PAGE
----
Meet the 26-year-old Instagram influencer who wants to ‘help you get your money sh*t together!’

Quarterly Investment Guide 2021_Q4_7green_article
Illustration by Jamie Cullen

Helen Lu recently quit her job at a Big Four accounting firm to pursue a solo act.

Now Lu, 26, works for herself. She turned a side hustle—a one-woman brand she calls The Money Minimalist—into a full-time gig two months ago. Lu started her small media biz originally as a blog. Since then, she has focused on building her Instagram presence (she has 16,000 followers) and selling tickets to virtual events on Zoom, where she helps people figure out their finances and plan for the future.

The goal? As she puts it on her website, “I want to help you get your money sh*t together!”

Lu is one of a budding crop of financial influencers who have become unofficial, unlicensed, take-everything-I-say-with-a-grain-of-salt financial advisers to an eager and growing social following. She and her peers use YouTube, TikTok, personal websites, and other online channels to teach millions of would-be rat race deserters how they too can think and (fingers crossed) grow rich.

Fortune spoke to Lu about her new life as a financial influencer. The No. 1 thing people can do to become financially independent? Start investing early, she says. Playing the stock market and paying down student loans are not mutually exclusive activities. And as for meme-stock mania? If it’s a choice between setting up a Robinhood account or a 401(k), delete the app and opt for the latter, Lu says.

Here’s our conversation, edited and condensed for clarity and brevity. (Lu stresses, of course, that none of this is financial advice.)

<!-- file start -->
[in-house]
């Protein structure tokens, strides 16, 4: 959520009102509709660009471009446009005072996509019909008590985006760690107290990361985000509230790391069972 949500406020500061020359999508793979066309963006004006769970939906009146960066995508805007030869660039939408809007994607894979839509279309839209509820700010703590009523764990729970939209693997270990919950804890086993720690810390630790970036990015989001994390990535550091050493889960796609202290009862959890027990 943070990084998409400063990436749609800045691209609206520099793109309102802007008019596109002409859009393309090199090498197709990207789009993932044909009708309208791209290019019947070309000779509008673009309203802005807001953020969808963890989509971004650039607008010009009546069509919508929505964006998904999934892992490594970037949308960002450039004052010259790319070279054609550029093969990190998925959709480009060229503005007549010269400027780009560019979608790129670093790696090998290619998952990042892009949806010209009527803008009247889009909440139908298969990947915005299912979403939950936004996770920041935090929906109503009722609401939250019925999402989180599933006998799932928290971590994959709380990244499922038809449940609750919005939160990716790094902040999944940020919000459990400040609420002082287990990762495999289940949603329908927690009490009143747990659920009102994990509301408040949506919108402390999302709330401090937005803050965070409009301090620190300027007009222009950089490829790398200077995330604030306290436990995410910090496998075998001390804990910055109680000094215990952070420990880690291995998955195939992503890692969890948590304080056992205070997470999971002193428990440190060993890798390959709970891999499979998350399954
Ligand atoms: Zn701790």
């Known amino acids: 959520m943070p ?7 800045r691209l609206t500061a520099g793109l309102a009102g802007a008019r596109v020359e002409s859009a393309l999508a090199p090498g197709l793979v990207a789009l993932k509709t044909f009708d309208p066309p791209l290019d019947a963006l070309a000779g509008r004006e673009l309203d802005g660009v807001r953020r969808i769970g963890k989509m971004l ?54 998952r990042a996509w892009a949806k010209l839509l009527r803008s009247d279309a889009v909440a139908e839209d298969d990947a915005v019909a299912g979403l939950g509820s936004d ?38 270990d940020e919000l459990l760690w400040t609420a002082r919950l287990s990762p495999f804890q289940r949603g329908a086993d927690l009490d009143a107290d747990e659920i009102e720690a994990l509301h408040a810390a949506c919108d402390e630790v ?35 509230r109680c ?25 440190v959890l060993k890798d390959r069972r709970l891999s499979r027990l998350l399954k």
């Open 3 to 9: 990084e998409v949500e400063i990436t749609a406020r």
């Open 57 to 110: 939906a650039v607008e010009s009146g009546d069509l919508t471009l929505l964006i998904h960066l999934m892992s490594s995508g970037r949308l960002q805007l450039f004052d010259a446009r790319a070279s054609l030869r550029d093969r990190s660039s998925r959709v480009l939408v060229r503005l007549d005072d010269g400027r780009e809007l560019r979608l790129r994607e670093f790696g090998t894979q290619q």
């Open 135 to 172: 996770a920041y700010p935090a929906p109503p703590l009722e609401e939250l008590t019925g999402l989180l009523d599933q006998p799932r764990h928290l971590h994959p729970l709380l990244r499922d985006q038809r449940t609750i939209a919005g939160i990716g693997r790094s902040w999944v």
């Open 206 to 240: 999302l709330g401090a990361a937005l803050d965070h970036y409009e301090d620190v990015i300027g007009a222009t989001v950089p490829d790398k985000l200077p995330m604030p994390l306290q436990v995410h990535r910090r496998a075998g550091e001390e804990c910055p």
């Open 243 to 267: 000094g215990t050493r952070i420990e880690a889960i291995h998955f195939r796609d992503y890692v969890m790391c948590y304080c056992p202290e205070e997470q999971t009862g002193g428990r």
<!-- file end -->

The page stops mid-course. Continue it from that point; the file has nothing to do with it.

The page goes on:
Why quit your day job?

Lu: The freedom to be outside of a 9-to-5 and able to generate my own revenue, on my own time, has been a dream of mine for a long time.

Would you recommend others do the same?

The way to make this lower risk is to commit to it being a productive gap year. Accumulate some savings first. You can make it even more risk-free if you try out a proof of concept before you quit your job. For a lot of folks, this could be a great path. But prepare for it, and have a plan to reenter the workforce after the year’s over.

What is your audience most interested in?

Early retirement, to be honest. Or this concept of a mini retirement along the way. That’s really the goal for many of those in my audiences. A lot of people also ask me about their student loans—that’s a big one.

What do you tell them?

If your employer offers a 401(k) match, go get that match. Don’t lose out on free money. You get tax savings because you’re reducing your taxable income. On top of that you may still be able to put 20% to 30% of your income toward paying off student loans. That really calms the nerves of people who feel like they’re missing out on investing.

Do you plan to become a licensed financial adviser?

Maybe a certified financial planner. I like the idea of being able to help someone plan for their life’s milestones. If someone wants to have a wedding in five years, to buy a car in seven years, or to fund a child’s education, how do they do that? Most people find financial planning intimidating. I’d like to make it a bit more approachable and friendly.

What’s your biggest tip for stock market newbies?

The longer you put your money into the stock market, the safer you’ll be. A lot of people ask me, “What will happen if I lose money?” Most people are thinking way too short term. If you have your money in the stock market for over 15 years, the chances of you losing even $1 are, like, less than 1%. The longer you invest, the lower and lower and lower your risk gets.

You’re preaching the gospel of compound interest.

Yes. Compound growth. Buy and hold. Long-term investing. I like telling people that boring growth is better than exciting loss.

As someone whose business depends on getting attention online, how do you balance a need for excitement with boring old financial advice?

The word “millionaire” grabs a lot of folks’ attention. It’s enticing. But the person who became a millionaire off boring index funds is much wealthier than someone who took a gamble on something. It’s about debunking this idea of a golden ticket to wealth.